‘Knives and Skin’: Quirky insta-cult nominee commands a ‘Who killed Caroline Harper?’
It’s hard to embrace or dismiss “Knives and Skin,” the hip indie curio from Jennifer Reeder. Arty, ambitious and hugely evocative – of David Lynch, primarily, but plenty of others as well, “Knives and Skin“ is a true mixed bag that’s a sheer wonderment to drink in, even though you can see it straining vaingloriously for cult status (think “Under the Silver Lake”).
The film begins with a pair of high schoolers off for some nookie in the woods. Caroline Harper (Raven Whitley) without consent carves a “C” on the forehead of her betrothed, Andy (Ty Olwin). Why? So she can find him in the dark. Andy, something of a shallow, semi-good-looking jock, doesn’t seem to care so much as long as the goods are all there, but things don’t go as one might expect. The two separate, and Caroline’s never seen again – becoming something of a stand-in for Lynch’s Laura Palmer in “Twin Peaks” and the impetus for most everything else that starts going weird in the Midwestern burb.
Reeder’s touches of outré include a grandmother who relishes porn, an adulterous adult who performs cunnilingus in clown regalia and his partner, who complains about TMJ and carpal tunnel syndrome when the oral is reciprocated. Then there’s Carolyn herself, who from elsewhere or beyond gives us “Rashomon”-esque testimony, mostly in song and in a bright majorette uniform. The most gripping of it all – and the film’s best performance – is Marika Engelhardt as Carolyn’s mother, Lisa, who can smell Carolyn on Andy and seeks to retrace her steps with him from both a sexual and forensic point of view. The craziest may be Andy’s sister, Joanna (Grace Smith), who sells her mother’s used underwear to the school’s principal and other local prominent men (cash only).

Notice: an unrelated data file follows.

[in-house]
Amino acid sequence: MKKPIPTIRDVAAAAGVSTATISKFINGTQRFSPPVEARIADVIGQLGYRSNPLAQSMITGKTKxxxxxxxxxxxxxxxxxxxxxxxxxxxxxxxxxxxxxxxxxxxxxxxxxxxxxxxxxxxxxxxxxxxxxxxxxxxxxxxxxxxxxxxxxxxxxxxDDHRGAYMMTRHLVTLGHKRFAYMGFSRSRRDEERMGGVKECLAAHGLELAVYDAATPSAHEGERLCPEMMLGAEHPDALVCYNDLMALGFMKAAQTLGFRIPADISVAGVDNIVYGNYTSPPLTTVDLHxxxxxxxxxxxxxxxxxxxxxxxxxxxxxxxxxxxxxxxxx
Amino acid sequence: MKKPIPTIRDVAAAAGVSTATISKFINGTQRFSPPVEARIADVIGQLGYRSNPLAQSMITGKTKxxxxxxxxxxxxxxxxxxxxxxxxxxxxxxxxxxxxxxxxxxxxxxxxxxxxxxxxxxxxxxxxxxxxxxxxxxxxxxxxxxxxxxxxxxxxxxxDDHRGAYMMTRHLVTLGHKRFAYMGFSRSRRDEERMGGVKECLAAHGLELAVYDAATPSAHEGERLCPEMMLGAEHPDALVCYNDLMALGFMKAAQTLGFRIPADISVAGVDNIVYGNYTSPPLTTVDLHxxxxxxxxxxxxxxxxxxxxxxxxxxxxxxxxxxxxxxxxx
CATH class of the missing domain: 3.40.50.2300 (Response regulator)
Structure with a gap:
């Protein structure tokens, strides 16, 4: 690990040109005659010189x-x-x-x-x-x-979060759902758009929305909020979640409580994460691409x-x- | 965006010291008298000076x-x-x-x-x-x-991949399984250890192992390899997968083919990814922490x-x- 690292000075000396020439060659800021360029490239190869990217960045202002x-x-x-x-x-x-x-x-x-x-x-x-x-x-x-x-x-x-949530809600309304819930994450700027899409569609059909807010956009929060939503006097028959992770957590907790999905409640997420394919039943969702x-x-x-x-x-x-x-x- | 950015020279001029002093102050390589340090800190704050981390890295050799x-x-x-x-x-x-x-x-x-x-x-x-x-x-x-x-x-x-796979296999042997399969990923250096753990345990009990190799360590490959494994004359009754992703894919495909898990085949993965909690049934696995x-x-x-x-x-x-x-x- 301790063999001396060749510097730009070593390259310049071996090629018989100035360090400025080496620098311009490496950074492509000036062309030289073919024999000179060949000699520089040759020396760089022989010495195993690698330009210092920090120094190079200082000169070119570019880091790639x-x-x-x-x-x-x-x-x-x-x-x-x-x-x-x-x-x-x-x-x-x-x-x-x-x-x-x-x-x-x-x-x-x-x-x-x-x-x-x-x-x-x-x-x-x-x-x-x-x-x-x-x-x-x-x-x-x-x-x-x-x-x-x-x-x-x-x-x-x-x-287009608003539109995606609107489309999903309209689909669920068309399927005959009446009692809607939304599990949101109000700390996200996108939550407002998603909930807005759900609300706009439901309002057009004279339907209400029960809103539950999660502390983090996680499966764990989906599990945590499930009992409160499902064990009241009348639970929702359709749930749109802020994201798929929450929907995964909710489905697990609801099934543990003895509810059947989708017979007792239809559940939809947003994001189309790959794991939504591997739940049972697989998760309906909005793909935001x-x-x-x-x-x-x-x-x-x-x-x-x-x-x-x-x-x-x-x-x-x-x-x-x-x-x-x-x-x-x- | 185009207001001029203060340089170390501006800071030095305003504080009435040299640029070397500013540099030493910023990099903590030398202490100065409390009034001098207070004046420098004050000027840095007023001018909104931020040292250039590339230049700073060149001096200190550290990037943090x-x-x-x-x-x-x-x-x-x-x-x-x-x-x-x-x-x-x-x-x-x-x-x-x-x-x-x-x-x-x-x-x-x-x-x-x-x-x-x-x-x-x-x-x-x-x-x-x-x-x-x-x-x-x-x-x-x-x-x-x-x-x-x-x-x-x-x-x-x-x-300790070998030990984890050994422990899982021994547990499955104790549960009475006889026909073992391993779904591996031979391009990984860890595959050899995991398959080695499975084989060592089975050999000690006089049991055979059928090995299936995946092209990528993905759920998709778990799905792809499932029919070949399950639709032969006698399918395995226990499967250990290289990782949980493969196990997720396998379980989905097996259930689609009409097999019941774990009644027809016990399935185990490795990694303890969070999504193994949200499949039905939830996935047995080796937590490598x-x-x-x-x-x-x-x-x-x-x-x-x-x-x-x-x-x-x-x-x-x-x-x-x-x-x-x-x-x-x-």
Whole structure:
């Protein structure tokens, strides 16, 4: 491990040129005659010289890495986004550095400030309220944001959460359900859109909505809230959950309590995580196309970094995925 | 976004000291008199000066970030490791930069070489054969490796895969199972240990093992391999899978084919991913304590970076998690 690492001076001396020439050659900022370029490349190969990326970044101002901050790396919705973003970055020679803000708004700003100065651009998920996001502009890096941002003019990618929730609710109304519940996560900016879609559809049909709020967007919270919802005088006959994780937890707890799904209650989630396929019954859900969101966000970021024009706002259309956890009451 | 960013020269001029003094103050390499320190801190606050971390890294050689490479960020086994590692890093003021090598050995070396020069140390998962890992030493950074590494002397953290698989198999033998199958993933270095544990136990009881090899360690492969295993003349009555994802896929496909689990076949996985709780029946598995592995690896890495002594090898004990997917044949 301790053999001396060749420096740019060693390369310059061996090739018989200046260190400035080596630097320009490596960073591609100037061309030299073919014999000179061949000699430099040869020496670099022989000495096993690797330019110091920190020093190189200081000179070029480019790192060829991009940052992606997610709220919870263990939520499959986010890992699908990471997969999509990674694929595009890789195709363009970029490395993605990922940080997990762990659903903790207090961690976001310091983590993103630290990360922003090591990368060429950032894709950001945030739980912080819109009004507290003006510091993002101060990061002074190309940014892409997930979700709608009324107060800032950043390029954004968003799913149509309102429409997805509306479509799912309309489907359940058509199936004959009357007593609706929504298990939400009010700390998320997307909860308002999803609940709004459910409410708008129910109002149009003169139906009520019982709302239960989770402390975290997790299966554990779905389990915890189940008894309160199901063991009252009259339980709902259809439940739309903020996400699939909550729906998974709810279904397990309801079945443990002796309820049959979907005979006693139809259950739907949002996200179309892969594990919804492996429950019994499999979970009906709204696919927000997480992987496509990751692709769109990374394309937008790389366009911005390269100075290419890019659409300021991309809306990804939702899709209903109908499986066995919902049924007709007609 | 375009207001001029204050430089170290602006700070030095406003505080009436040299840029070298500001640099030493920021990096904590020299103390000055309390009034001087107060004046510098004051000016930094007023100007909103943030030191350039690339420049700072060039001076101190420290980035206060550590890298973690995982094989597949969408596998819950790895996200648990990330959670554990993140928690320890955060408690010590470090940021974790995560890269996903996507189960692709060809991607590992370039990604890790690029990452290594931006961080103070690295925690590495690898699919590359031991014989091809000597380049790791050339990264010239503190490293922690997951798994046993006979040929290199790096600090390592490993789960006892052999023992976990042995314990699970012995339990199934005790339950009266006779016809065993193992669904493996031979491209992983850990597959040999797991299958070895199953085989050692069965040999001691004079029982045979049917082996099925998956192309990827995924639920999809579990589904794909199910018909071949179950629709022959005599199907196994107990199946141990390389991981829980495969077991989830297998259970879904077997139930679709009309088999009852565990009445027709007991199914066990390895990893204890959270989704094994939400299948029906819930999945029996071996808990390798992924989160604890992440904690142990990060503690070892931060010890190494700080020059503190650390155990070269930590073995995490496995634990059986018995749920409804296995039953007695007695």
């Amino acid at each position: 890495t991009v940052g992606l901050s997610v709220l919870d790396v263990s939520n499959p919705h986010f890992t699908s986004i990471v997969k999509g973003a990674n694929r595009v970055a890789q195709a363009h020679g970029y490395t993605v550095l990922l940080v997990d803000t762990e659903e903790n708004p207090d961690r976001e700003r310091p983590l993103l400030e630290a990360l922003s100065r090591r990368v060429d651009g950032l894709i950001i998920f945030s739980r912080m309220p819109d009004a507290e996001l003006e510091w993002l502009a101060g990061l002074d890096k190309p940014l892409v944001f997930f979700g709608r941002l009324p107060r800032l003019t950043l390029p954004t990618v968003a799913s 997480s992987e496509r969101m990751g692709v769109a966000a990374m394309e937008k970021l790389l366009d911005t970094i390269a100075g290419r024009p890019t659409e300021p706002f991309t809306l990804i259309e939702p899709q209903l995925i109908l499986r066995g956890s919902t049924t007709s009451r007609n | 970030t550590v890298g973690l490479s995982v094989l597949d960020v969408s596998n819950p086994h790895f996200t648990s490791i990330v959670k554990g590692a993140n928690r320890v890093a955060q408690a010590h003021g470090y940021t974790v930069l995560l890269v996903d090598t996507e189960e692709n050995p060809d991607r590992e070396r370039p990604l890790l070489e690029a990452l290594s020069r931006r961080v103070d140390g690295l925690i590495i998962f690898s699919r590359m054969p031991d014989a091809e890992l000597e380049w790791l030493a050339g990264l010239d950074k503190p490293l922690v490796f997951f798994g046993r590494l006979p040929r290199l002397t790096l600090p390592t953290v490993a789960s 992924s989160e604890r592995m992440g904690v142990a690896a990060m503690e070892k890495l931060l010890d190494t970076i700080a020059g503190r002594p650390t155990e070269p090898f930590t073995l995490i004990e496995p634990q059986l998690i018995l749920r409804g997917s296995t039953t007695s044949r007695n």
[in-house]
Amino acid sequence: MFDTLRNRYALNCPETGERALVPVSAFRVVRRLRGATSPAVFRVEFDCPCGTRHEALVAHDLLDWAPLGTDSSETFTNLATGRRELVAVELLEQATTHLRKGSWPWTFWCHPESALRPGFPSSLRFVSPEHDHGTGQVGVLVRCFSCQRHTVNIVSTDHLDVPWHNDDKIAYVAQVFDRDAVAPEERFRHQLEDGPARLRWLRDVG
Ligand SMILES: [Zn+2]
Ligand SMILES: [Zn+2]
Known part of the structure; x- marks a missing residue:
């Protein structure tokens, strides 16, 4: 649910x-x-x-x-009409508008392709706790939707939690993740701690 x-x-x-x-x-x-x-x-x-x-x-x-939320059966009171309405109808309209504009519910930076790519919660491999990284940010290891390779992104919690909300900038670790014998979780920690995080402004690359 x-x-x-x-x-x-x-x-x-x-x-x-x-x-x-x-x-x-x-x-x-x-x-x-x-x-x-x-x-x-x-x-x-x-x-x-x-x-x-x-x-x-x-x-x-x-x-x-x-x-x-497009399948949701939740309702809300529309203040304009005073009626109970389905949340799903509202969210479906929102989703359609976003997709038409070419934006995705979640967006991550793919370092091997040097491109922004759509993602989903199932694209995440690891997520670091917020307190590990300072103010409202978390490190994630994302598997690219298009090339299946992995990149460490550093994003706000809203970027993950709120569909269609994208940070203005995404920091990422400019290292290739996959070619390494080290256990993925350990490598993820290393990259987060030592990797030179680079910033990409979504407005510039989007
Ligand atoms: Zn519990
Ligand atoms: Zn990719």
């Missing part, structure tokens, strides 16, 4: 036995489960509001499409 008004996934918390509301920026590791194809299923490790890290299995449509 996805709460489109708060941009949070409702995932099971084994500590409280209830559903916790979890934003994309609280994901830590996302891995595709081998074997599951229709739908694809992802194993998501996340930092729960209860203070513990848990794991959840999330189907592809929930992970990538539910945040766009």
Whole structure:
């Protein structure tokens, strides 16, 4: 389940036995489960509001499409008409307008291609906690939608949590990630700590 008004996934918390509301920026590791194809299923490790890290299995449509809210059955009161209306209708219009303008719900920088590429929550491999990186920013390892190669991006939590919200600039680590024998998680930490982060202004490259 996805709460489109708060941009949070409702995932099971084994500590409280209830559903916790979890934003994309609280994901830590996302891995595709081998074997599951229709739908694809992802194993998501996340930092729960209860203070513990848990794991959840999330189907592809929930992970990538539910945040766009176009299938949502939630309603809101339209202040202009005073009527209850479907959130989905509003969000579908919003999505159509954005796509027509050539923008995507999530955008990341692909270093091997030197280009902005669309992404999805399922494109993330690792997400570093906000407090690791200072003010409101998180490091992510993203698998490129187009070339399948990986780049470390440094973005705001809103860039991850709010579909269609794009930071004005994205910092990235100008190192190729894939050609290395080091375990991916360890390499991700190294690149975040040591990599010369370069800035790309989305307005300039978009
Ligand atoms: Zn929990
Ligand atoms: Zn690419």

Who knew suburbia was so demented? Well, Lynch, for one; Richard Kelly, who made “Donnie Darko” (2001) for two; and then Michael Lehmann, who made “Heathers” in 1988.
On of the joys of Reeder’s journey behind the closed doors of middle America is the multiracial a cappella group Caroline was involved in. Not only is there a palpable sisterhood (the passing of cherished icons from stall to stall in the ladies room is both touching and an eye popper) and a feminist flag subtly being waved, but the renditions of ’80s classics by New Order, Cyndi Lauper and The Go-Gos are haunting and infectious as they murkily dial up a sense of nostalgic recall.
The major subtractions to “Knives and Skin” is that Andy and Carolyn aren’t so compelling. Andy’s a boorish, self-interested lad, and why any woman gives him the time of day is beyond me. Still the neon-infused work by cinematographer Christopher Rejano and saucy servings from the closet make Reeder’s hodgepodge of shocking revelations-cum-feminist anthem a watchable something hanging between camp and cult.
Tom Meek is a writer living in Cambridge. His reviews, essays, short stories and articles have appeared in the WBUR ARTery, The Boston Phoenix, The Boston Globe, The Rumpus, The Charleston City Paper and SLAB literary journal. Tom is also a member of the Boston Society of Film Critics and rides his bike everywhere.